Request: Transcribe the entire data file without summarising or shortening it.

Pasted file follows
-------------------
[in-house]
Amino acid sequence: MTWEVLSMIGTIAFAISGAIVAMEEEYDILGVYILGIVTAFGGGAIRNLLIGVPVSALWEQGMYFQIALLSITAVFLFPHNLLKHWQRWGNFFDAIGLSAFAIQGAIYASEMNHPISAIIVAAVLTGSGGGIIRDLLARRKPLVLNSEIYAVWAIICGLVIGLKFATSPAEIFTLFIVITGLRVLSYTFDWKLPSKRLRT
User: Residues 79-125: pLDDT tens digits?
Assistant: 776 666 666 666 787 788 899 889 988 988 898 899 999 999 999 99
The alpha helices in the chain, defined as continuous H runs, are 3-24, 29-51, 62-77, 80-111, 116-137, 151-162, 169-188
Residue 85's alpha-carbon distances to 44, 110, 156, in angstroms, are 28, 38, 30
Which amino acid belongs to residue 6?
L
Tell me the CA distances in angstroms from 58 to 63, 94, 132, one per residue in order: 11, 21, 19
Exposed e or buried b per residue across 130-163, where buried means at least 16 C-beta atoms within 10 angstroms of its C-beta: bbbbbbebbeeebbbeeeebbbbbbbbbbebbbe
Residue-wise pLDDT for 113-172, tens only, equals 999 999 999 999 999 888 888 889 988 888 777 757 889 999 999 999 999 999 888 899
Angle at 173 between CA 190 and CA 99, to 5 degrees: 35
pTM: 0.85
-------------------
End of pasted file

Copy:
[in-house]
Amino acid sequence: MTWEVLSMIGTIAFAISGAIVAMEEEYDILGVYILGIVTAFGGGAIRNLLIGVPVSALWEQGMYFQIALLSITAVFLFPHNLLKHWQRWGNFFDAIGLSAFAIQGAIYASEMNHPISAIIVAAVLTGSGGGIIRDLLARRKPLVLNSEIYAVWAIICGLVIGLKFATSPAEIFTLFIVITGLRVLSYTFDWKLPSKRLRT
User: Residues 79-125: pLDDT tens digits?
Assistant: 776 666 666 666 787 788 899 889 988 988 898 899 999 999 999 99
The alpha helices in the chain, defined as continuous H runs, are 3-24, 29-51, 62-77, 80-111, 116-137, 151-162, 169-188
Residue 85's alpha-carbon distances to 44, 110, 156, in angstroms, are 28, 38, 30
Which amino acid belongs to residue 6?
L
Tell me the CA distances in angstroms from 58 to 63, 94, 132, one per residue in order: 11, 21, 19
Exposed e or buried b per residue across 130-163, where buried means at least 16 C-beta atoms within 10 angstroms of its C-beta: bbbbbbebbeeebbbeeeebbbbbbbbbbebbbe
Residue-wise pLDDT for 113-172, tens only, equals 999 999 999 999 999 888 888 889 988 888 777 757 889 999 999 999 999 999 888 899
Angle at 173 between CA 190 and CA 99, to 5 degrees: 35
pTM: 0.85